Holistic review of medical school applicants is relatively new and beneficial to both the school and student. Innovations in medical education are redefining what it means to be a modern physician. As more and more admissions committees make this philosophical transition (over 1/3 of medical schools in the U.S. now use holistic reviews at each stage of the admissions process), the Association of American Medical Colleges has been proactive in making changes to the American Medical College Application Service (AMCAS) that now allow applicants to submit information about their upbringing and life experiences.

Other factors like letters of evaluation, secondary application essays, and personal statements are also very important among others to our review. From the AMCAS application to the interview, we are looking for specific competencies that align with the College's direction.

We want to ensure that each individual who puts on a white coat from the Michigan State University College of Human Medicine is a great fit.

Indeed, it's all about fit.

Friday, November 14, 2014

Waiting On A Decision: Post-Interview Outcomes & Scenarios

The interview process for the incoming class is in full swing and applicants are now receiving word on their decisions. If you're out there interviewing, that's a good sign that your application is competitive. A strong showing in the interview can decide what you ultimately hear from the school.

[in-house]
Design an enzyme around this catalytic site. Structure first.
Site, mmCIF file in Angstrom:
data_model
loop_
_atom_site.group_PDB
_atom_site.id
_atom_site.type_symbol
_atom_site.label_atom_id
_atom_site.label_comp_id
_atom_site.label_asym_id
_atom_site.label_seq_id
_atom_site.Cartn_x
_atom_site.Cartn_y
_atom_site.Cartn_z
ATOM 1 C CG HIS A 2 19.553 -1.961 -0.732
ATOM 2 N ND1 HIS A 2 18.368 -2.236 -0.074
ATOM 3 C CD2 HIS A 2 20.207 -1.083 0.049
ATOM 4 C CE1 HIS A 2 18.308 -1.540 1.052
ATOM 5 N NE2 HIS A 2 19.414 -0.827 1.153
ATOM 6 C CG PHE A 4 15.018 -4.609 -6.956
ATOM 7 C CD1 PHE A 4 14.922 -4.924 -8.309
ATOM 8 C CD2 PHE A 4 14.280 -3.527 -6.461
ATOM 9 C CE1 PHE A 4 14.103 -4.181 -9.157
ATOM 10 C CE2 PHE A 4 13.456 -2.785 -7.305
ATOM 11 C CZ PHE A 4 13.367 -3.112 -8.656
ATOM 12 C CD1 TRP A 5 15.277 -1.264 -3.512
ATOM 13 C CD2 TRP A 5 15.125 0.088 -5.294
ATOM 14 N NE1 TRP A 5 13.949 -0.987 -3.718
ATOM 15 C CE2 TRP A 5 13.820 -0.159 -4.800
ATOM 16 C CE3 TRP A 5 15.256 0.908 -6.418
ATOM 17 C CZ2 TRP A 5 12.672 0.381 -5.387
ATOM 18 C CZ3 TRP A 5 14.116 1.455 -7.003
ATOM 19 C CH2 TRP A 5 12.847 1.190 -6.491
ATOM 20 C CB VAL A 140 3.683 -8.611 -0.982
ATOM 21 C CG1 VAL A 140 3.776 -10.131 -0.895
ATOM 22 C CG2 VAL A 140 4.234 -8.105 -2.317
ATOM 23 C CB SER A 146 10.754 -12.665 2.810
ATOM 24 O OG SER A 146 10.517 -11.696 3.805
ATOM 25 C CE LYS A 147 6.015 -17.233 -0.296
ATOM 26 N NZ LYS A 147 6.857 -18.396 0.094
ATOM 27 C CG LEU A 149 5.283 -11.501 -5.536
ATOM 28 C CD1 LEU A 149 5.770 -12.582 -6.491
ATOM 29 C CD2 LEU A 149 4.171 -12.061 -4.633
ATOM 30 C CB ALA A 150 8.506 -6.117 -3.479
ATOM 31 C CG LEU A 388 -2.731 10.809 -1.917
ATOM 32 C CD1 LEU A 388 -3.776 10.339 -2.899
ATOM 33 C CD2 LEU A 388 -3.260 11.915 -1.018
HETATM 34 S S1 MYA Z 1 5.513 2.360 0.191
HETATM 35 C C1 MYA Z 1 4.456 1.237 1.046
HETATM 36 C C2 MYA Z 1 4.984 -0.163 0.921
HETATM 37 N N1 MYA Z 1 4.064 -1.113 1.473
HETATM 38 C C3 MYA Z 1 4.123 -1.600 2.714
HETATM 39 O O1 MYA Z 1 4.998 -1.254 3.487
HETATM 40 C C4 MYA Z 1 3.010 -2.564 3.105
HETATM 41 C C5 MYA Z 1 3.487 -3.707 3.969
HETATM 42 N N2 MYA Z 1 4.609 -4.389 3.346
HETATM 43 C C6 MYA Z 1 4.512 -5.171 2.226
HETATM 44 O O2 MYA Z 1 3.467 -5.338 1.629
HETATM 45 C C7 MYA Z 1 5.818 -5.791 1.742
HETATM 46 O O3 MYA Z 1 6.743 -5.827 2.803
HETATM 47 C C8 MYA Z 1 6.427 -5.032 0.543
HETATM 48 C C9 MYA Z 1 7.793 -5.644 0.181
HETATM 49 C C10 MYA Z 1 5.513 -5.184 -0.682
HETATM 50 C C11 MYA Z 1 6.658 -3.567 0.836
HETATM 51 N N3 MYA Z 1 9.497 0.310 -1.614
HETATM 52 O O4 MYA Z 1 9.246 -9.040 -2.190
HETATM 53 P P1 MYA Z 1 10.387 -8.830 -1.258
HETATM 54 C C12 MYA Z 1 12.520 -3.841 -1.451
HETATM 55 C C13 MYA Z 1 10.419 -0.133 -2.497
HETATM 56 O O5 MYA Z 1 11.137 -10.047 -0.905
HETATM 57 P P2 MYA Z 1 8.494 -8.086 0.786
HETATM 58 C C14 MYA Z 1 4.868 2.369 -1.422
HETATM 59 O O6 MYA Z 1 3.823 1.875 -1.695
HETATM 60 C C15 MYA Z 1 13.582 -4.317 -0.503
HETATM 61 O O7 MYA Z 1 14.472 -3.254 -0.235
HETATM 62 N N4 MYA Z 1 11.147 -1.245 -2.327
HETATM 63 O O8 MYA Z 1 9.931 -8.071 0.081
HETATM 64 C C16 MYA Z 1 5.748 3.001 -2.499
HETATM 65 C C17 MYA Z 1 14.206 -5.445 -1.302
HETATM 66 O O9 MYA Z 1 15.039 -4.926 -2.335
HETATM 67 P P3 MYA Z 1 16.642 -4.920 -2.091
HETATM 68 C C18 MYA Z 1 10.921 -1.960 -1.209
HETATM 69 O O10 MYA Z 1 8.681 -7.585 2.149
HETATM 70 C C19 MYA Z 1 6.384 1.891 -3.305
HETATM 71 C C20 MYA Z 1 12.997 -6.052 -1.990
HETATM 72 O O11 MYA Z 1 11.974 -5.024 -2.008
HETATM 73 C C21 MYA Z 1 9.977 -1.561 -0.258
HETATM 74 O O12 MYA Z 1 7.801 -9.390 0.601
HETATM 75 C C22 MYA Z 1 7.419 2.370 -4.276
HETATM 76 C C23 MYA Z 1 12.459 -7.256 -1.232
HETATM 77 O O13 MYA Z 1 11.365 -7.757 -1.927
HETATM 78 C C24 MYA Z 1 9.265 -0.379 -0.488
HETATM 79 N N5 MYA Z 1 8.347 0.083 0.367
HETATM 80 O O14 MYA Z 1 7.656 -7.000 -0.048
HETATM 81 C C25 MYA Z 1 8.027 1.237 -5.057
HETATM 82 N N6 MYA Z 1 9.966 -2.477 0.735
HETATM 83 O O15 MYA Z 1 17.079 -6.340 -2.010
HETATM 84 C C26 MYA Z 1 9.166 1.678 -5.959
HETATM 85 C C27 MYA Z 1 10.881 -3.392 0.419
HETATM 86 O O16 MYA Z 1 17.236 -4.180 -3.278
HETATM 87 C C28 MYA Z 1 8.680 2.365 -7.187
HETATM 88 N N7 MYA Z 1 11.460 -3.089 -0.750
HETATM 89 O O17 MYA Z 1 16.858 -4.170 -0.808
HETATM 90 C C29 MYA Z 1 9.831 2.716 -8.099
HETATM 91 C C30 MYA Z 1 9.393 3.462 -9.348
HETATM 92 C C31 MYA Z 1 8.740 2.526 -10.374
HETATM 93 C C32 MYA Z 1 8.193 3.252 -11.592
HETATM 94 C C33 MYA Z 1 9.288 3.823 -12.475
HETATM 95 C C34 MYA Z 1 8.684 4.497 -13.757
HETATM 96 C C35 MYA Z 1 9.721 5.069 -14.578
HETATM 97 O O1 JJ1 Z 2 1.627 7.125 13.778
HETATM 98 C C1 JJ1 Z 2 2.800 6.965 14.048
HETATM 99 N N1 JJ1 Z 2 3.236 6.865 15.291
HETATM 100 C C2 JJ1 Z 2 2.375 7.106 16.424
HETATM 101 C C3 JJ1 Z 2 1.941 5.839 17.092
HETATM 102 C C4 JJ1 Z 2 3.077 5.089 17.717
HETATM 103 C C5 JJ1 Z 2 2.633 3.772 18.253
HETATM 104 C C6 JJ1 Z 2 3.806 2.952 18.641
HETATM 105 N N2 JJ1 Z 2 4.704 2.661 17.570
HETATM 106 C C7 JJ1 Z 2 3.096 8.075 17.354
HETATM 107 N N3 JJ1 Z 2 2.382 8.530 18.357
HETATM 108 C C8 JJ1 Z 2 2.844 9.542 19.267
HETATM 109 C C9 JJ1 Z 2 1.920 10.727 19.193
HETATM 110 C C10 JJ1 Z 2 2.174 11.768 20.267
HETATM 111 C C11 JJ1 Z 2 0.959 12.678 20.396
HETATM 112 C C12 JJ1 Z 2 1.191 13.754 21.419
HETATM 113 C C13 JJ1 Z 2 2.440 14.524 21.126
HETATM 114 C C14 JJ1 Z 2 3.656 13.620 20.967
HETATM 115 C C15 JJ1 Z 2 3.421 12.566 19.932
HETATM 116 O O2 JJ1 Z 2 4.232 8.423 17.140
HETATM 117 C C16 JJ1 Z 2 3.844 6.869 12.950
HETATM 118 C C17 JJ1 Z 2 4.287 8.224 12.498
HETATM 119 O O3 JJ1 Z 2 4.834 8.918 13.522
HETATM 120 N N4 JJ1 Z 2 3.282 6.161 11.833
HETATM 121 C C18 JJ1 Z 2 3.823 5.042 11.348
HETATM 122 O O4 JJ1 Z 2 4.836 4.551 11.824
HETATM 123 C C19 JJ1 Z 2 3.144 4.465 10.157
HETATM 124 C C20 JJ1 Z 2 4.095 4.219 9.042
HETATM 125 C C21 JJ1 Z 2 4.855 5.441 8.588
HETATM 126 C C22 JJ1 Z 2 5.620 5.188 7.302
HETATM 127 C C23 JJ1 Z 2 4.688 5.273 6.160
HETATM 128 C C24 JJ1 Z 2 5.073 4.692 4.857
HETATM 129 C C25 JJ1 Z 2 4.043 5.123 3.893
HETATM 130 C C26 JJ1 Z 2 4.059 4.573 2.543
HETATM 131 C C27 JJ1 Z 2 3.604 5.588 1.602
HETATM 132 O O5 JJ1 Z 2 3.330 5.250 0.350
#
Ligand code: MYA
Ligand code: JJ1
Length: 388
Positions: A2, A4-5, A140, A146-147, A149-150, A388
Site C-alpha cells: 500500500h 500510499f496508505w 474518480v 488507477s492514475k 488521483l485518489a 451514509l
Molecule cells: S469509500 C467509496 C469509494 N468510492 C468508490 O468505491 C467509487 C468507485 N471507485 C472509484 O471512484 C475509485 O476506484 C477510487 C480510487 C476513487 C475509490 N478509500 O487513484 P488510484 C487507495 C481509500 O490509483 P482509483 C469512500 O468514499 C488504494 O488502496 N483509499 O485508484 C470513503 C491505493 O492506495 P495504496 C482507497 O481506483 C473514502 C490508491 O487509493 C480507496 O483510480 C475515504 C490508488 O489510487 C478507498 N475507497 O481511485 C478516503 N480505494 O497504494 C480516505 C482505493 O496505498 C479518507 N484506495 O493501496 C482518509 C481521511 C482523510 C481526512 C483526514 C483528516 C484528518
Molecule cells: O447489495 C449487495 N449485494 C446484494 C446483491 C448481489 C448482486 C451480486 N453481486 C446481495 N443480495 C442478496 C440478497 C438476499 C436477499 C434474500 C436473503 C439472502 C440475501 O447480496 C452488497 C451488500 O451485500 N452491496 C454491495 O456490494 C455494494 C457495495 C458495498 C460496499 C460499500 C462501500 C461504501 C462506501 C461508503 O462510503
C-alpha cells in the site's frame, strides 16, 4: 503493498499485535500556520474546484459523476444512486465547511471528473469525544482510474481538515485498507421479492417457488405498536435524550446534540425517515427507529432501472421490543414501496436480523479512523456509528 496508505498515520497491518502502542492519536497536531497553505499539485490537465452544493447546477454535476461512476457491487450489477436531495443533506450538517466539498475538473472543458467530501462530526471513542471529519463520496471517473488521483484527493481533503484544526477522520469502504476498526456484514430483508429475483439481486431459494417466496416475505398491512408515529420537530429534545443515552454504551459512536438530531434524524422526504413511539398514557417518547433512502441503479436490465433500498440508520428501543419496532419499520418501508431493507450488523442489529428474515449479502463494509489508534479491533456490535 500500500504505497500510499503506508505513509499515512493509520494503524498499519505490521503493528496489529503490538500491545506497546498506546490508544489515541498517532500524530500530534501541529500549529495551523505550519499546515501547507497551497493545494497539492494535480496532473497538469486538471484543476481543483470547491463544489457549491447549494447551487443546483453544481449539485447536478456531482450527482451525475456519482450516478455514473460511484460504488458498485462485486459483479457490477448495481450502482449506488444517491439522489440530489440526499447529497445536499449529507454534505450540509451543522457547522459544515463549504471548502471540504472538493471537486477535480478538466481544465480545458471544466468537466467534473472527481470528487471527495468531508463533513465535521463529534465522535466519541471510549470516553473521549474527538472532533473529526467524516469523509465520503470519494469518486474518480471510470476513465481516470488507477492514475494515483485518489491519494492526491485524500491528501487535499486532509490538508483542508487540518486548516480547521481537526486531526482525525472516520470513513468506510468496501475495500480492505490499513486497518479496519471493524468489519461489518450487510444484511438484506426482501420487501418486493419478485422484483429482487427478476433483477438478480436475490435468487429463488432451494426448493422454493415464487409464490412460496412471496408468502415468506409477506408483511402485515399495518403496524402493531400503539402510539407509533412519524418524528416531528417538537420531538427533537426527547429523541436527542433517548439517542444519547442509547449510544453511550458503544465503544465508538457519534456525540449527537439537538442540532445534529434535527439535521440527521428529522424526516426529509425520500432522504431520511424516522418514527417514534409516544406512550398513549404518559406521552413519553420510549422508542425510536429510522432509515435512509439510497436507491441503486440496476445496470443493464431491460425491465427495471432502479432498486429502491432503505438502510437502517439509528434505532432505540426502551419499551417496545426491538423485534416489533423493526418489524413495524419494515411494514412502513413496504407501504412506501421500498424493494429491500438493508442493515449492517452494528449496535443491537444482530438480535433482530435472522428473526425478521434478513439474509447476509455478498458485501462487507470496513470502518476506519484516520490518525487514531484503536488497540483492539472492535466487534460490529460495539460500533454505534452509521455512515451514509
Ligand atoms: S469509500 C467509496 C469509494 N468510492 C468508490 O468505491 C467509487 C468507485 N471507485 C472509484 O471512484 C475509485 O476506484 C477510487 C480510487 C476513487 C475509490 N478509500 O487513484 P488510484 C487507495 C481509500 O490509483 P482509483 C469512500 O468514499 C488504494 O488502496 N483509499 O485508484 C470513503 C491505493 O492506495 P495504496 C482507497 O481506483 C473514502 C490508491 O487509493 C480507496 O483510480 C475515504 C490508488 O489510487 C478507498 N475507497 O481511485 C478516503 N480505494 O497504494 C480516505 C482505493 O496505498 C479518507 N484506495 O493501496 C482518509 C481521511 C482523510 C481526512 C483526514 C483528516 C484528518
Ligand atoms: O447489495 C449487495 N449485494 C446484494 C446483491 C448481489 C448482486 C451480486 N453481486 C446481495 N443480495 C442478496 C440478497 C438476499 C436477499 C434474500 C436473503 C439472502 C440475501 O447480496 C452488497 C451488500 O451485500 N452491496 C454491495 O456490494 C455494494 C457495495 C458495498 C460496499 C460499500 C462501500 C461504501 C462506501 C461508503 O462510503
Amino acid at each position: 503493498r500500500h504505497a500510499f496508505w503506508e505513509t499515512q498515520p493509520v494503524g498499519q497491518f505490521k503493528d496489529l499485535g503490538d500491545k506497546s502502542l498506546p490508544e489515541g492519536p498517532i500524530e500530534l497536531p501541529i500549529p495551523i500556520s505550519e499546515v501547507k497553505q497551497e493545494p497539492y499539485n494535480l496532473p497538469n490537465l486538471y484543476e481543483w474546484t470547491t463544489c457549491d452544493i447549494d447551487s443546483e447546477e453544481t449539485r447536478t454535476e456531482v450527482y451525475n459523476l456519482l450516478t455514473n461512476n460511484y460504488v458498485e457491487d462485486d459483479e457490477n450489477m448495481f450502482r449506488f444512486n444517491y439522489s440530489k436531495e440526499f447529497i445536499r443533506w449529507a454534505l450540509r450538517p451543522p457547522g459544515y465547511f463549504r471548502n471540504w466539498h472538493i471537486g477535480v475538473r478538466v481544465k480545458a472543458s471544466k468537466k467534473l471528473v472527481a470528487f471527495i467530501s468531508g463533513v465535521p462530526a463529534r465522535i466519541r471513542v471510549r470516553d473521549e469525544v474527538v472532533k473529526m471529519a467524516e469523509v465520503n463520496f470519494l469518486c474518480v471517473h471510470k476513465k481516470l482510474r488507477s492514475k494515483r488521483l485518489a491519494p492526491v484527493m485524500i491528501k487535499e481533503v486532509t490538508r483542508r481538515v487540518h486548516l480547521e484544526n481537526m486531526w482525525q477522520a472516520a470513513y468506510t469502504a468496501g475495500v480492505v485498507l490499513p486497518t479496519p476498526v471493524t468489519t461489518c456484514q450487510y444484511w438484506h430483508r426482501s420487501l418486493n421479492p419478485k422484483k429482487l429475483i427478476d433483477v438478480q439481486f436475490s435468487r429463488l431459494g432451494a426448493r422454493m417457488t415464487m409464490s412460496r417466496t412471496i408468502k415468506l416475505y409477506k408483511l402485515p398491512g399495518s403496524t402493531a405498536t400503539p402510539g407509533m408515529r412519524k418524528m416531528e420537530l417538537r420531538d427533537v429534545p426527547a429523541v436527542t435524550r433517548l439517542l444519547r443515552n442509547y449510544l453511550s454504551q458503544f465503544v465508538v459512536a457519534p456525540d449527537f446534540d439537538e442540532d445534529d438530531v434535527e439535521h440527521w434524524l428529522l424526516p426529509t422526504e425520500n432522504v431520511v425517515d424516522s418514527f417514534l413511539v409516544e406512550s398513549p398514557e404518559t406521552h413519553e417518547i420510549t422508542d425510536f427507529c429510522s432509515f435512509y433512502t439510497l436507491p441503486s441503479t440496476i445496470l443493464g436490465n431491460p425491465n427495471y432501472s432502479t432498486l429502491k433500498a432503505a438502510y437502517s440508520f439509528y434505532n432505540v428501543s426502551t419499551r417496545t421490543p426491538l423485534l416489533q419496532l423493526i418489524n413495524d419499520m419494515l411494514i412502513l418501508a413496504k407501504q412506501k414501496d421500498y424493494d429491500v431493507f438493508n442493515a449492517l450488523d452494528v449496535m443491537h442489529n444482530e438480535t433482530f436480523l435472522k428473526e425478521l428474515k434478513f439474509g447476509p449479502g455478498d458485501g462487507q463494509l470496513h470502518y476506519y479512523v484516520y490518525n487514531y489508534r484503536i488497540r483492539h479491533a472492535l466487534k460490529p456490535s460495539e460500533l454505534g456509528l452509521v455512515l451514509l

Generally, there are three scenarios post-interview:
Congrats! Your path to becoming a med school student just got a bit clearer. But there are still some issues you must consider. For instance, if you are accepted at several institutions, a decision on where you'd like to attend is imminent.

Not many people get the luxury of receiving several acceptances so if you are certain of which school you'd like to attend, it's helpful and considerate to withdraw your application from the school(s) you choose not to attend. This way, they are clear about having that spot open for other candidates. Admissions offices appreciate it.

Some schools also allow applicants to defer a year, pending a valid explanation. While we can't speak for every school, our admissions officer reviews each request on a case-by-case basis. Still, some of the more typical reasons for deferring are due to an applicant finishing up research or another post-graduate program. Family issues such as children and/or a marriage are also quite common, but deferment depends on the circumstance, of course.

Once January hits, it's time to prepare your FAFSA. Having paperwork settled early will give the school more time to prepare a financial aid package best for you.